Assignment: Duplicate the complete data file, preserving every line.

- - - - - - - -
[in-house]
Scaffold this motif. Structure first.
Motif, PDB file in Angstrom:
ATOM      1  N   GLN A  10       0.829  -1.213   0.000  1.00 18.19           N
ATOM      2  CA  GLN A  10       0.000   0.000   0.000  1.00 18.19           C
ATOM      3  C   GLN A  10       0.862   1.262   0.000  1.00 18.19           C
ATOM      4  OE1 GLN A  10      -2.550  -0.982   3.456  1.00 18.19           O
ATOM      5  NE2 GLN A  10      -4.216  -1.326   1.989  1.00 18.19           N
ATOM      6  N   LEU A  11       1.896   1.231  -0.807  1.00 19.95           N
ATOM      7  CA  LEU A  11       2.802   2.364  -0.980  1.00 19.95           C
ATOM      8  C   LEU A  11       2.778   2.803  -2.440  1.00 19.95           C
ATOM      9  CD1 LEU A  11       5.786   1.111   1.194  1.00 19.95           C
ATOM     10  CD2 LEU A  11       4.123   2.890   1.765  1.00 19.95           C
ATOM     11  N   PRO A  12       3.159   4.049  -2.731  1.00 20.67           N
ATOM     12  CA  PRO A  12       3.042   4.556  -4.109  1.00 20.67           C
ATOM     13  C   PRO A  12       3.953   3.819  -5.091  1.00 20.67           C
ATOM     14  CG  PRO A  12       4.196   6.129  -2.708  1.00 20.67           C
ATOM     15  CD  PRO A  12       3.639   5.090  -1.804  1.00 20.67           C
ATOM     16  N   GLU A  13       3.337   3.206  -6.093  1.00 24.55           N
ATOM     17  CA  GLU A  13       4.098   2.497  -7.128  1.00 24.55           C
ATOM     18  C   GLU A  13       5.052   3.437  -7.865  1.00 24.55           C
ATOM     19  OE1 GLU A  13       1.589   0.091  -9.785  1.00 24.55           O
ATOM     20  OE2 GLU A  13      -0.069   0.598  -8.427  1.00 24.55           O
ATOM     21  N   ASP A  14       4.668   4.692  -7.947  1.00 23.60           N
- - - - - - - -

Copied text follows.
[in-house]
Scaffold this motif. Structure first.
Motif, PDB file in Angstrom:
ATOM      1  N   GLN A  10       0.829  -1.213   0.000  1.00 18.19           N
ATOM      2  CA  GLN A  10       0.000   0.000   0.000  1.00 18.19           C
ATOM      3  C   GLN A  10       0.862   1.262   0.000  1.00 18.19           C
ATOM      4  OE1 GLN A  10      -2.550  -0.982   3.456  1.00 18.19           O
ATOM      5  NE2 GLN A  10      -4.216  -1.326   1.989  1.00 18.19           N
ATOM      6  N   LEU A  11       1.896   1.231  -0.807  1.00 19.95           N
ATOM      7  CA  LEU A  11       2.802   2.364  -0.980  1.00 19.95           C
ATOM      8  C   LEU A  11       2.778   2.803  -2.440  1.00 19.95           C
ATOM      9  CD1 LEU A  11       5.786   1.111   1.194  1.00 19.95           C
ATOM     10  CD2 LEU A  11       4.123   2.890   1.765  1.00 19.95           C
ATOM     11  N   PRO A  12       3.159   4.049  -2.731  1.00 20.67           N
ATOM     12  CA  PRO A  12       3.042   4.556  -4.109  1.00 20.67           C
ATOM     13  C   PRO A  12       3.953   3.819  -5.091  1.00 20.67           C
ATOM     14  CG  PRO A  12       4.196   6.129  -2.708  1.00 20.67           C
ATOM     15  CD  PRO A  12       3.639   5.090  -1.804  1.00 20.67           C
ATOM     16  N   GLU A  13       3.337   3.206  -6.093  1.00 24.55           N
ATOM     17  CA  GLU A  13       4.098   2.497  -7.128  1.00 24.55           C
ATOM     18  C   GLU A  13       5.052   3.437  -7.865  1.00 24.55           C
ATOM     19  OE1 GLU A  13       1.589   0.091  -9.785  1.00 24.55           O
ATOM     20  OE2 GLU A  13      -0.069   0.598  -8.427  1.00 24.55           O
ATOM     21  N   ASP A  14       4.668   4.692  -7.947  1.00 23.60           N